Steve King's "Christian Nation" Nonsense

12 December 2007

Rep. Steve King (R-IA):

I recognized that we’re a Christian nation founded on Christian principles, and we’re coming up to Christmastime. … It’s time we stood up and said so, and said to the rest of America, Be who you are and be confident. And let’s worship Christ and let’s celebrate Christmas for the right reasons.

Compare that with this:
" religious test shall ever be required as a qualification to any office or public trust under the United States."
- United States Constitution, Article VI, section 3
Congress shall make no law respecting an establishment of religion. . . .
- United States Constitution, First Amendment
"the government of the United States of America is not in any sense founded on the Christian Religion"
-Treaty of Tripoli, Article 11 (1796)

Also, this is what James Madison ("father of the Constitution") thought about the topic:
The civil Government, though bereft of everything like an associated hierarchy, possesses the requisite stability, and performs its functions with complete success, whilst the number, the industry, and the morality of the priesthood, and the devotion of the people, have been manifestly increased by the total separation of the church from the State (Letter to Robert Walsh, Mar. 2, 1819).

Strongly guarded as is the separation between religion and & Gov't in the Constitution of the United States the danger of encroachment by Ecclesiastical Bodies, may be illustrated by precedents already furnished in their short history (Detached Memoranda, circa 1820).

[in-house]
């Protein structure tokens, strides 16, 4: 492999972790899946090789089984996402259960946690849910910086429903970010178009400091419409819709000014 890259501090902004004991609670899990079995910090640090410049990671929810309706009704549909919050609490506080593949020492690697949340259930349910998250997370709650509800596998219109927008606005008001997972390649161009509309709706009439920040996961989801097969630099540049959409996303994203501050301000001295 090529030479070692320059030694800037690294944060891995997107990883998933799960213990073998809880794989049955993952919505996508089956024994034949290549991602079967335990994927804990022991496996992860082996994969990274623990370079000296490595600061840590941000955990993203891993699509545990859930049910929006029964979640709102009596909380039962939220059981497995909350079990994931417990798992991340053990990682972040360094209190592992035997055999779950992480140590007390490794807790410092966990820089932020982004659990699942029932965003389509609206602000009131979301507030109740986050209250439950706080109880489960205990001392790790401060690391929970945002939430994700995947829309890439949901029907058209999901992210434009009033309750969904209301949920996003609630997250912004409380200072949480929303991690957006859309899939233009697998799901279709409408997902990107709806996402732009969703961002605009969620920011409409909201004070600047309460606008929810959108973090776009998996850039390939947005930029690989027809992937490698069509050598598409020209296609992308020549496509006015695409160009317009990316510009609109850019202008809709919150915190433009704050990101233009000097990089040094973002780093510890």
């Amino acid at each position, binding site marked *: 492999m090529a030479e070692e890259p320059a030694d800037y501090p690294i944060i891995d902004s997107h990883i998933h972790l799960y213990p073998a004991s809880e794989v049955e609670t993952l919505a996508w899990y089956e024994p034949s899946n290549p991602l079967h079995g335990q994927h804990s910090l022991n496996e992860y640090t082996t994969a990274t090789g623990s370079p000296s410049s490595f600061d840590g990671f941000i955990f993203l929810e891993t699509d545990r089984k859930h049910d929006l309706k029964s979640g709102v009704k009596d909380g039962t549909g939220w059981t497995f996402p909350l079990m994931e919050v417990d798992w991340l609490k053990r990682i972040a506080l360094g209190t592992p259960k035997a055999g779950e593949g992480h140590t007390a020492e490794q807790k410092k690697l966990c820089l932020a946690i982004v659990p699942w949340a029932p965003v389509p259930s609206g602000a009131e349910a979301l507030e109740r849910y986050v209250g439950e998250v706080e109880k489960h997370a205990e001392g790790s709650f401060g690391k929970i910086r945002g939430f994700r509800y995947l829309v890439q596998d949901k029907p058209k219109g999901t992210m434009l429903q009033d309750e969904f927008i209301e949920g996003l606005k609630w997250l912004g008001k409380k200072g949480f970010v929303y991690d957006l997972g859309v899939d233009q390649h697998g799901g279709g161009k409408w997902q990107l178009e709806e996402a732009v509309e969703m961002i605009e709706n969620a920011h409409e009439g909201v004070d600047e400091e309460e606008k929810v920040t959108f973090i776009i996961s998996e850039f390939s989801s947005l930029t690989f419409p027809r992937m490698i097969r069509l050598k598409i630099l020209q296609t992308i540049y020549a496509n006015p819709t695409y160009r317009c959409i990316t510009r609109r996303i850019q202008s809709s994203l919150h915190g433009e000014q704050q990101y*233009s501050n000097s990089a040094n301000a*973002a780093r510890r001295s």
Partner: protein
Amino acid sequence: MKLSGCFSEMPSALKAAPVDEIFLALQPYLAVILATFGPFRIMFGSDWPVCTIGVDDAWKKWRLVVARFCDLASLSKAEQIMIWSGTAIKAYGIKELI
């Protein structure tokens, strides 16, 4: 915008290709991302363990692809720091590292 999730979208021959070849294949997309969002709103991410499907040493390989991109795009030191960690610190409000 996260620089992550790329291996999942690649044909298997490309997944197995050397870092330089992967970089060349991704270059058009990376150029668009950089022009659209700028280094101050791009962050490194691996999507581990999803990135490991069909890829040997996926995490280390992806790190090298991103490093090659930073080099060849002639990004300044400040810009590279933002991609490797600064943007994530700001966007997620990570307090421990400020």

Every new and successful example, therefore, of a perfect separation between the ecclesiastical and civil matters, is of importance; and I have no doubt that every new example will succeed, as every past one has done, in showing that religion and Government will both exist in greater purity the less they are mixed together (Letter to Edward Livingston, July 10, 1822).

To the Baptist Churches on Neal's Greek on Black Creek, North Carolina I have received, fellow-citizens, your address, approving my objection to the Bill containing a grant of public land to the Baptist Church at Salem Meeting House, Mississippi Territory. Having always regarded the practical distinction between Religion and Civil Government as essential to the purity of both, and as guaranteed by the Constitution of the United States, I could not have otherwise discharged my duty on the occasion which presented itself (Letter to Baptist Churches in North Carolina, June 3, 1811).

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